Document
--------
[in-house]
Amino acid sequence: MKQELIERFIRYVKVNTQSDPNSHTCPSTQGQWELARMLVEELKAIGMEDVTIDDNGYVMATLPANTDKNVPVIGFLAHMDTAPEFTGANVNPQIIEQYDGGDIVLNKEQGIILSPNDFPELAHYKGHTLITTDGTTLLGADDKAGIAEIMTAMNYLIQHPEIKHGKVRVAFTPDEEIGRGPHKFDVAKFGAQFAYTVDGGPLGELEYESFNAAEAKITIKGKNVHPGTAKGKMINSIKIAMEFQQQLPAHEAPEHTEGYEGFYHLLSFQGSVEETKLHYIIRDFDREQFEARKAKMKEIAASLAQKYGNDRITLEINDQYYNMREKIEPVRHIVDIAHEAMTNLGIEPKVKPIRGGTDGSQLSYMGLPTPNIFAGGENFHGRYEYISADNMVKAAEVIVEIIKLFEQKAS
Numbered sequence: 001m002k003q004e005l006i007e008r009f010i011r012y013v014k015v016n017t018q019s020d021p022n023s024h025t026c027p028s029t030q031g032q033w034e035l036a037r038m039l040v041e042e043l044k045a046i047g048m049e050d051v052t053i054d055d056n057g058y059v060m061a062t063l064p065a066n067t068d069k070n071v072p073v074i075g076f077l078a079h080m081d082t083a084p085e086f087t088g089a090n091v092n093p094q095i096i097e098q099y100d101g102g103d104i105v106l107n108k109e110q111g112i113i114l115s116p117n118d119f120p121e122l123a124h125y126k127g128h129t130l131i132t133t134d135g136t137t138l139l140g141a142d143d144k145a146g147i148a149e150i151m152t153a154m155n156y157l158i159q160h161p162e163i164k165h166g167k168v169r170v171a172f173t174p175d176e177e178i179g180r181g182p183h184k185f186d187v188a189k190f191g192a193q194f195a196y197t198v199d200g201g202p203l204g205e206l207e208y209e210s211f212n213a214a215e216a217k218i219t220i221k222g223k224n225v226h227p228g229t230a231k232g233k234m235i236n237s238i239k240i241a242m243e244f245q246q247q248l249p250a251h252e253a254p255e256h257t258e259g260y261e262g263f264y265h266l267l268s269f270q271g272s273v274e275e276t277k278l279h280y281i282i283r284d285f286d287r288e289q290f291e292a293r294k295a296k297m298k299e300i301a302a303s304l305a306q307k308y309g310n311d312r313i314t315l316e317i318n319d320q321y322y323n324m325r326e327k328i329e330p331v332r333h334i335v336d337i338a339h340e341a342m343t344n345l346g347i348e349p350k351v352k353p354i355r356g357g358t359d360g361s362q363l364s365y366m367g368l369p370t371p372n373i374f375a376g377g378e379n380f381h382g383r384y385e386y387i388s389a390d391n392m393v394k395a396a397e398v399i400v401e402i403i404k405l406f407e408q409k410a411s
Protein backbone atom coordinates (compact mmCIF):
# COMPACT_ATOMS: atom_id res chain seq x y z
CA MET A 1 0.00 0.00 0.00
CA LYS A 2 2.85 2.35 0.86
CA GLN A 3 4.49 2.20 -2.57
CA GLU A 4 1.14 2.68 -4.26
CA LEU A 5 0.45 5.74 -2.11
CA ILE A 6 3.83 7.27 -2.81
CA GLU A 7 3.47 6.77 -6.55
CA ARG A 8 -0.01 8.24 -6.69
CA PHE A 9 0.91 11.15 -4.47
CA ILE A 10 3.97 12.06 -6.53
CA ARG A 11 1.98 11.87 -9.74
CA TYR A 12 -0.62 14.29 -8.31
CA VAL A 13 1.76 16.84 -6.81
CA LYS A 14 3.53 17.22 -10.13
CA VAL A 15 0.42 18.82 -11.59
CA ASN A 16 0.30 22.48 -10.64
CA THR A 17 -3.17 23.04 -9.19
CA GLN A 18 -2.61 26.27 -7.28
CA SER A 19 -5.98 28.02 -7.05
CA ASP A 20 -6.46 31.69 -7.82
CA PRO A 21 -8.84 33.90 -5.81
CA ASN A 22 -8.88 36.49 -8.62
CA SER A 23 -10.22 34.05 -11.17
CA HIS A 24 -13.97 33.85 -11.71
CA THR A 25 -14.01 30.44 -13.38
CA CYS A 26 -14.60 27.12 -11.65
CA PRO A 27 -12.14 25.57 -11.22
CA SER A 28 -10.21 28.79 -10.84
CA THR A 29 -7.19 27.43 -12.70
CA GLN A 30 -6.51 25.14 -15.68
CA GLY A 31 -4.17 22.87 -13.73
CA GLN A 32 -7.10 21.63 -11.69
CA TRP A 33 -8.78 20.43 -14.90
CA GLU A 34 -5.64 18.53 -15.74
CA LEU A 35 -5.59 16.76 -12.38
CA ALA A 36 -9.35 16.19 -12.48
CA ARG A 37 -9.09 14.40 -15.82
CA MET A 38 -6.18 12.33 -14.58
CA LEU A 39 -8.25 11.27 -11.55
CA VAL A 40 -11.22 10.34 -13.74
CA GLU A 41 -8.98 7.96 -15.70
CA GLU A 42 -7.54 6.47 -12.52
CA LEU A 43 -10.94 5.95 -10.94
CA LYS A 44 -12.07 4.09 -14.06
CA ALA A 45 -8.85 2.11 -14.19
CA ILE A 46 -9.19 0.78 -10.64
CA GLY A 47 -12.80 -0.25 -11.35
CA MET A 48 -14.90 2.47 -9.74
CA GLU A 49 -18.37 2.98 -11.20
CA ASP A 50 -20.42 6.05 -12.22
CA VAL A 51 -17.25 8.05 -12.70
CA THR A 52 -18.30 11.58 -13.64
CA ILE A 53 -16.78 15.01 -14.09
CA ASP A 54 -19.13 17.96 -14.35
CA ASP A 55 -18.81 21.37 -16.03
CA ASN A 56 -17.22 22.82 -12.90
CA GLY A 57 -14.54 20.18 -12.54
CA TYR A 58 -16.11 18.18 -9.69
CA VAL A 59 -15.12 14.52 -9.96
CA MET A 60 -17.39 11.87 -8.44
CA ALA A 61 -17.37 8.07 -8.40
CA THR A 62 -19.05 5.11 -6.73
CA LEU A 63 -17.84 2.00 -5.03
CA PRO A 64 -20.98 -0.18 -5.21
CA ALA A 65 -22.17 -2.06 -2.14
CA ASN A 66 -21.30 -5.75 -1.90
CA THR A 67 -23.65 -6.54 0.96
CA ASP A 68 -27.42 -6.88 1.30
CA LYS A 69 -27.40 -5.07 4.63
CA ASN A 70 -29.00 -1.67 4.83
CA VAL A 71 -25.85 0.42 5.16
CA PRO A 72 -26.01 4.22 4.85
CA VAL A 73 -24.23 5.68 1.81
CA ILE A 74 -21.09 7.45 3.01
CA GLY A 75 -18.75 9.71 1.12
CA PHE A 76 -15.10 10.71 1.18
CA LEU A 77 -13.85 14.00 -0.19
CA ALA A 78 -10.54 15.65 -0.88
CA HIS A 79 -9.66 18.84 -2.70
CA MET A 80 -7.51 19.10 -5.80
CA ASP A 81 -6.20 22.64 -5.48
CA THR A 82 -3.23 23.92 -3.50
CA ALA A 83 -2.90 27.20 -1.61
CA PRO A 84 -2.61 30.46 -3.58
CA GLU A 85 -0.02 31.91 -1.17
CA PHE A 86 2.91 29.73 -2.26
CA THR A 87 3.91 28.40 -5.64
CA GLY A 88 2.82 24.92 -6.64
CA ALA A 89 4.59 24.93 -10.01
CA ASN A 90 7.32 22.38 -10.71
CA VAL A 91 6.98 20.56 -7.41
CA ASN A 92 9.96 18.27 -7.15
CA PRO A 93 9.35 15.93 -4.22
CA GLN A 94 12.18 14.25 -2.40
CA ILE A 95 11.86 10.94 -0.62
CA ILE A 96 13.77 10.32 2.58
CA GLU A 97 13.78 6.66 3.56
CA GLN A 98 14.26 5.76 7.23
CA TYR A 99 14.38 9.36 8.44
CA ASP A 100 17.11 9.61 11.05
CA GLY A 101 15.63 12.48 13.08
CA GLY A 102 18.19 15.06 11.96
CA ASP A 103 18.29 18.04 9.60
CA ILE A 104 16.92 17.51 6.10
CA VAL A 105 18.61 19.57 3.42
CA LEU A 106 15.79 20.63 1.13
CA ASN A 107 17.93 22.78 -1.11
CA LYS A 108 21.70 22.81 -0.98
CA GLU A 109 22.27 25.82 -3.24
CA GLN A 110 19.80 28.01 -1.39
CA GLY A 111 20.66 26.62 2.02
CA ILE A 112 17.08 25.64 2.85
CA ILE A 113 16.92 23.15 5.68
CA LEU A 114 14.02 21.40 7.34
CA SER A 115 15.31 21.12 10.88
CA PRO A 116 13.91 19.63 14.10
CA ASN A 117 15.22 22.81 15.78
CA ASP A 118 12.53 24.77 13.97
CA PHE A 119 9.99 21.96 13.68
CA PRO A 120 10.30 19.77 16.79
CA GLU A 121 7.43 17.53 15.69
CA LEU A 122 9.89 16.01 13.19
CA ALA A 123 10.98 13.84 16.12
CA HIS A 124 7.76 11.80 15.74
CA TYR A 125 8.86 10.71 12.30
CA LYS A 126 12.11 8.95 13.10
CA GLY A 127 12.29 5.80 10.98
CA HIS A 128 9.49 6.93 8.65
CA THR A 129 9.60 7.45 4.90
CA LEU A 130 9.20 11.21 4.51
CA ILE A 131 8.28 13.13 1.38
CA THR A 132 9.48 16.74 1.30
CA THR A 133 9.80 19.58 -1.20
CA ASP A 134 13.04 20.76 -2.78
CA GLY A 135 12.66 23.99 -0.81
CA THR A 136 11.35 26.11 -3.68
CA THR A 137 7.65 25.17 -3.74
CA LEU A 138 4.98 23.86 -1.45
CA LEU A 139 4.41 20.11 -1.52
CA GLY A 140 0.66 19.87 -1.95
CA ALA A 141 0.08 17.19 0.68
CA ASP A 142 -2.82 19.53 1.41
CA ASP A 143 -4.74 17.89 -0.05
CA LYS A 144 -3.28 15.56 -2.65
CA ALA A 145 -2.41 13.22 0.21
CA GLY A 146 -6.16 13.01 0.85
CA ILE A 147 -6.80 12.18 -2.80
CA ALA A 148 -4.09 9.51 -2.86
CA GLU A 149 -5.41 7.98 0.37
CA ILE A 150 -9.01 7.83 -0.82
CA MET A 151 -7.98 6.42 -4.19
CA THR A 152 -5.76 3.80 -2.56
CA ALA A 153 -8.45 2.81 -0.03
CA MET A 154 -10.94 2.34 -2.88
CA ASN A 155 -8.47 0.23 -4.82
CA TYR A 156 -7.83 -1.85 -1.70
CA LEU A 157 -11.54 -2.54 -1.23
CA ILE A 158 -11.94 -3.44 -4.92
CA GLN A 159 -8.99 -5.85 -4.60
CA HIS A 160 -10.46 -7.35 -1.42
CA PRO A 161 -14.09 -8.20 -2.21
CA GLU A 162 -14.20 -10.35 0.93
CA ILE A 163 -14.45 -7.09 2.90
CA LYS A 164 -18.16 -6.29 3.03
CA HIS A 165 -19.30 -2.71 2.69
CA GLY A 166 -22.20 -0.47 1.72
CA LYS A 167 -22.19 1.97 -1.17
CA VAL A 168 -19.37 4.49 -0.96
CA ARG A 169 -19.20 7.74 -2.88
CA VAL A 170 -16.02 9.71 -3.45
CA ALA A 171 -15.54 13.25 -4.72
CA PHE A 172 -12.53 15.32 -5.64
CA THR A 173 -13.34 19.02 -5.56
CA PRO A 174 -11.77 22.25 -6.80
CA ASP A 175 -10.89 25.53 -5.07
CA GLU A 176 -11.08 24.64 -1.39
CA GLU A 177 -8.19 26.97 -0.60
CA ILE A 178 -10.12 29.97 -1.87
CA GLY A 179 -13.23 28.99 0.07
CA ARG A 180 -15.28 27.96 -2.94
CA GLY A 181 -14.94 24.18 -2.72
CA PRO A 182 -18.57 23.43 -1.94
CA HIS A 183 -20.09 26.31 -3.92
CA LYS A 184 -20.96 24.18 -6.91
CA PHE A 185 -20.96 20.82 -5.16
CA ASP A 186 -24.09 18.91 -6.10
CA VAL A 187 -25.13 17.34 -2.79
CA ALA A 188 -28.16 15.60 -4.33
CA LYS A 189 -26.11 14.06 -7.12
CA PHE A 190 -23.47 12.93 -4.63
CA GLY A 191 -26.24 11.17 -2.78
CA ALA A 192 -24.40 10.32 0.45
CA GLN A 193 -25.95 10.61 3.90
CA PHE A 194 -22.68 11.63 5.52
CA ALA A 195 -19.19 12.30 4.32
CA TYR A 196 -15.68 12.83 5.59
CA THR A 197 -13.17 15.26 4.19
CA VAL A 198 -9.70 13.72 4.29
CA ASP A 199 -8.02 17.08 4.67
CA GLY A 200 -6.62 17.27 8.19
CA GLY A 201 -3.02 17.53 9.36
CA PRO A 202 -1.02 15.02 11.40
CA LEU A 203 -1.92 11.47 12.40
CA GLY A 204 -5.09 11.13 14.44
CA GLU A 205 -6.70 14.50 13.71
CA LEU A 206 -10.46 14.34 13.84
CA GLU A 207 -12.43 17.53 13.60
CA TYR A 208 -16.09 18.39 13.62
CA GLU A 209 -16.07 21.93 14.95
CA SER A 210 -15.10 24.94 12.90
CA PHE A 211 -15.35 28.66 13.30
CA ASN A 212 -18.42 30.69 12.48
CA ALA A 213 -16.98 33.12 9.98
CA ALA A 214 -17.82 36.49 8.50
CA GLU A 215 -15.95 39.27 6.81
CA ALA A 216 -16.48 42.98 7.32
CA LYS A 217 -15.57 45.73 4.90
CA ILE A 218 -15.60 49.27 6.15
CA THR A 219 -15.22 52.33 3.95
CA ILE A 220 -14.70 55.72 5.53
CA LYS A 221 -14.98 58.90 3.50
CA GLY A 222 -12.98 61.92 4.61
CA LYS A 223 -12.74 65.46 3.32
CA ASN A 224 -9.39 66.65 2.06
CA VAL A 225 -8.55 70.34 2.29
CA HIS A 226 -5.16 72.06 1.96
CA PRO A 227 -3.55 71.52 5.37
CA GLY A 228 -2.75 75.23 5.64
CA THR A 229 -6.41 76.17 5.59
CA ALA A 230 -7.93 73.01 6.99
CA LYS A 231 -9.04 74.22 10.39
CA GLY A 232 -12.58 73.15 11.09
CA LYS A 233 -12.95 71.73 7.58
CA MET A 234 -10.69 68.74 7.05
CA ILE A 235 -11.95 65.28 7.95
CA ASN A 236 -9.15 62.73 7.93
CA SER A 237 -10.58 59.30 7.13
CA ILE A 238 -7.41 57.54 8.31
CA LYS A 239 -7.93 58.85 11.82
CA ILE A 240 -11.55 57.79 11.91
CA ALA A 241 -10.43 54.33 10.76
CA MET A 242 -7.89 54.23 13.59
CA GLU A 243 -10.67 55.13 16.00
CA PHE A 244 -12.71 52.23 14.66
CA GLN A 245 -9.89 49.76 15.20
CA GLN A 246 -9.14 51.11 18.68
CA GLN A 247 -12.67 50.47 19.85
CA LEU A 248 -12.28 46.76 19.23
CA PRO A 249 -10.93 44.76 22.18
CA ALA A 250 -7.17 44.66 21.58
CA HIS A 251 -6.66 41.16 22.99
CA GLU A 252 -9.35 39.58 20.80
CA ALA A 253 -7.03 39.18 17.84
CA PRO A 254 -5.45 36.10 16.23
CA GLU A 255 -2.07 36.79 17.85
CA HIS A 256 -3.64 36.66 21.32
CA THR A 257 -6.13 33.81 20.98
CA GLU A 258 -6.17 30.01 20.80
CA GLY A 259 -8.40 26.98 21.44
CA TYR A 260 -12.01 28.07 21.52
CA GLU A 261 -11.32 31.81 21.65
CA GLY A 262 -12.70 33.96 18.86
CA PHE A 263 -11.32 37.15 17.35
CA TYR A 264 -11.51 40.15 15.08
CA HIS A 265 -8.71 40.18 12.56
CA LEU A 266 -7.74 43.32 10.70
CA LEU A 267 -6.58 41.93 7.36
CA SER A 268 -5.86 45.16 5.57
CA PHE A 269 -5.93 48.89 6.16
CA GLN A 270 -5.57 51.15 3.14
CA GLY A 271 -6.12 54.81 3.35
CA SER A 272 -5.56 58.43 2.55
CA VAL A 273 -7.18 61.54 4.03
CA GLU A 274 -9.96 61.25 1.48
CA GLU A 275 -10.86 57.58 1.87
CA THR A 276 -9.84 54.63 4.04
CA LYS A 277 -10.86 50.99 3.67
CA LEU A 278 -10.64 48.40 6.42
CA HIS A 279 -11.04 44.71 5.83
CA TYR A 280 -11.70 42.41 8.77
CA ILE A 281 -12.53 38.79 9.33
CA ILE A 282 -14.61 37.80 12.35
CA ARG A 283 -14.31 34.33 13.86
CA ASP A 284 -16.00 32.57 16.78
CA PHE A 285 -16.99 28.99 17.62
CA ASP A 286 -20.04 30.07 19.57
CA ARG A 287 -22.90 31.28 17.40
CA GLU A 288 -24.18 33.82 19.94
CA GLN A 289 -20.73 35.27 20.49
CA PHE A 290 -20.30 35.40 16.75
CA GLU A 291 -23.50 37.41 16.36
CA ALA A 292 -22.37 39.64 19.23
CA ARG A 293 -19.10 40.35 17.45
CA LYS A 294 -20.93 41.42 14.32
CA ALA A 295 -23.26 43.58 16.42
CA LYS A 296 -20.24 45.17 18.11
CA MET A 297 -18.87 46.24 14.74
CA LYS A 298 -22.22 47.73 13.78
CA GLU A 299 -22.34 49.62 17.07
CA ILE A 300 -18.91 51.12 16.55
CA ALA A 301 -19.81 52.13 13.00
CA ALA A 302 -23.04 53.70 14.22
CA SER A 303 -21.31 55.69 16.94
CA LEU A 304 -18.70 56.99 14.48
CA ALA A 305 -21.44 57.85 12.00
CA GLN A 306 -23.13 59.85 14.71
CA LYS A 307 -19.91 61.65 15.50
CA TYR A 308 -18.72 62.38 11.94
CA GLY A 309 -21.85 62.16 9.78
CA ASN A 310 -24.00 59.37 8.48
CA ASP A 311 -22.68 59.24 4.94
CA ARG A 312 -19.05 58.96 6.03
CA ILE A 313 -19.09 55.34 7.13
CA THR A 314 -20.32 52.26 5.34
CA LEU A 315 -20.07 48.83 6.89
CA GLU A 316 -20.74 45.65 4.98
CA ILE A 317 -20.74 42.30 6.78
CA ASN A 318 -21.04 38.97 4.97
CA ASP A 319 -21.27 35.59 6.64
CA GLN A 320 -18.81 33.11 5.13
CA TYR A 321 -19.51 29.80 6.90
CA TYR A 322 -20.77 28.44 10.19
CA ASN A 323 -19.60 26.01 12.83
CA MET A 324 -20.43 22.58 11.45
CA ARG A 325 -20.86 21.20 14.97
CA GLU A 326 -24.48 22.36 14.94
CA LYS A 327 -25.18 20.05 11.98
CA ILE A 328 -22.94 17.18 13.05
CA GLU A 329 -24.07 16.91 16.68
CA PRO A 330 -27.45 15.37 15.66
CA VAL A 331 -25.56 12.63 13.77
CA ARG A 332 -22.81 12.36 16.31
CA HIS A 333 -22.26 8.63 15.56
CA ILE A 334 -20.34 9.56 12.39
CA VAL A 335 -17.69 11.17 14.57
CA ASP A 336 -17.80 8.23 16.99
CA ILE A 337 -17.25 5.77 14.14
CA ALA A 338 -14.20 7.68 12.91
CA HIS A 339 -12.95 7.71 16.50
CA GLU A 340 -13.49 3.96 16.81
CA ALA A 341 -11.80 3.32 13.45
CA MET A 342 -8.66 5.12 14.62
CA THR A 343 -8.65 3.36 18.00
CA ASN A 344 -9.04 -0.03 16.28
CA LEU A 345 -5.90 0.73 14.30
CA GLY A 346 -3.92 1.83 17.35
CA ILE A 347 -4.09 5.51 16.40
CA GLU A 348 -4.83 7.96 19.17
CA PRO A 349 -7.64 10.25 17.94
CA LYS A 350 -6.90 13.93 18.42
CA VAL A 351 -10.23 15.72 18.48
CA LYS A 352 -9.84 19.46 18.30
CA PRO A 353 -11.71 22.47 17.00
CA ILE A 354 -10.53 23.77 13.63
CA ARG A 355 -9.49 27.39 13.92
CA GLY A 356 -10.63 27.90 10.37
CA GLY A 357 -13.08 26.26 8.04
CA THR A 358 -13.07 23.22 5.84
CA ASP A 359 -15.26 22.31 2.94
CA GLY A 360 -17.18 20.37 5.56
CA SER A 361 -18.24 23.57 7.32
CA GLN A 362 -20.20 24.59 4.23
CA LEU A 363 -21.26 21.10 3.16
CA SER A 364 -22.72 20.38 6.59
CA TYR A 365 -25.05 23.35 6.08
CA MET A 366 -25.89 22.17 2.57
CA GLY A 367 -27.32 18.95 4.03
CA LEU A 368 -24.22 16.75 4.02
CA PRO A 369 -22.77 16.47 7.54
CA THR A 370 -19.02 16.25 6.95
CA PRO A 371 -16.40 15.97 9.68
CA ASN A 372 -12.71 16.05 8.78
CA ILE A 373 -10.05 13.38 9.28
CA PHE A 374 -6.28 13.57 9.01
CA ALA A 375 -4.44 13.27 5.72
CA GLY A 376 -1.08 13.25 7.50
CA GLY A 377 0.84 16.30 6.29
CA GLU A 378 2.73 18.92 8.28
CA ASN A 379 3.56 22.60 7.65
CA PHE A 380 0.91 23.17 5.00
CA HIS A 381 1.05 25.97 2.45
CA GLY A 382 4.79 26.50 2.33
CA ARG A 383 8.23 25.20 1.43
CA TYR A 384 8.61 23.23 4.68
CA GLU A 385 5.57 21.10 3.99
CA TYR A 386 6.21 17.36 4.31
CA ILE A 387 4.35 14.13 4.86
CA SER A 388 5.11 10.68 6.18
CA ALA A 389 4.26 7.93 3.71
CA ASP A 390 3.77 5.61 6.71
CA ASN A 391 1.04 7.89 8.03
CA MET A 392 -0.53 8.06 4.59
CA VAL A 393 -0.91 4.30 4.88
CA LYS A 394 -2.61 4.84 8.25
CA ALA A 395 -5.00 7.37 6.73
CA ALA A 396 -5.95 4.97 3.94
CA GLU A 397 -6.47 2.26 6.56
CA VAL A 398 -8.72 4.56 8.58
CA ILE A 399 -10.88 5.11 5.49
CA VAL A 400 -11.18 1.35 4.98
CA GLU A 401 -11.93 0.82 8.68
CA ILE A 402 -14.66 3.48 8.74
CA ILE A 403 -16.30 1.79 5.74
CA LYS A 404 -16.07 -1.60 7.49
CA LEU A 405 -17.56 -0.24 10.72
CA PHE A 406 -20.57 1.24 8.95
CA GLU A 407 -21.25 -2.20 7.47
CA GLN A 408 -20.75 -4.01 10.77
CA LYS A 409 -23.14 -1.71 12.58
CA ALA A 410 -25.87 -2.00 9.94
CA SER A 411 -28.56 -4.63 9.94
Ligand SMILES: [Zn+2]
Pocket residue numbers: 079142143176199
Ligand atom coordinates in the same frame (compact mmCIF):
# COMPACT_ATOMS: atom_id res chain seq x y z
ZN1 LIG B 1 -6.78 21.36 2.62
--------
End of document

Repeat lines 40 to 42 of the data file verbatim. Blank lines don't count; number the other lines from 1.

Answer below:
CA LEU A 35 -5.59 16.76 -12.38
CA ALA A 36 -9.35 16.19 -12.48
CA ARG A 37 -9.09 14.40 -15.82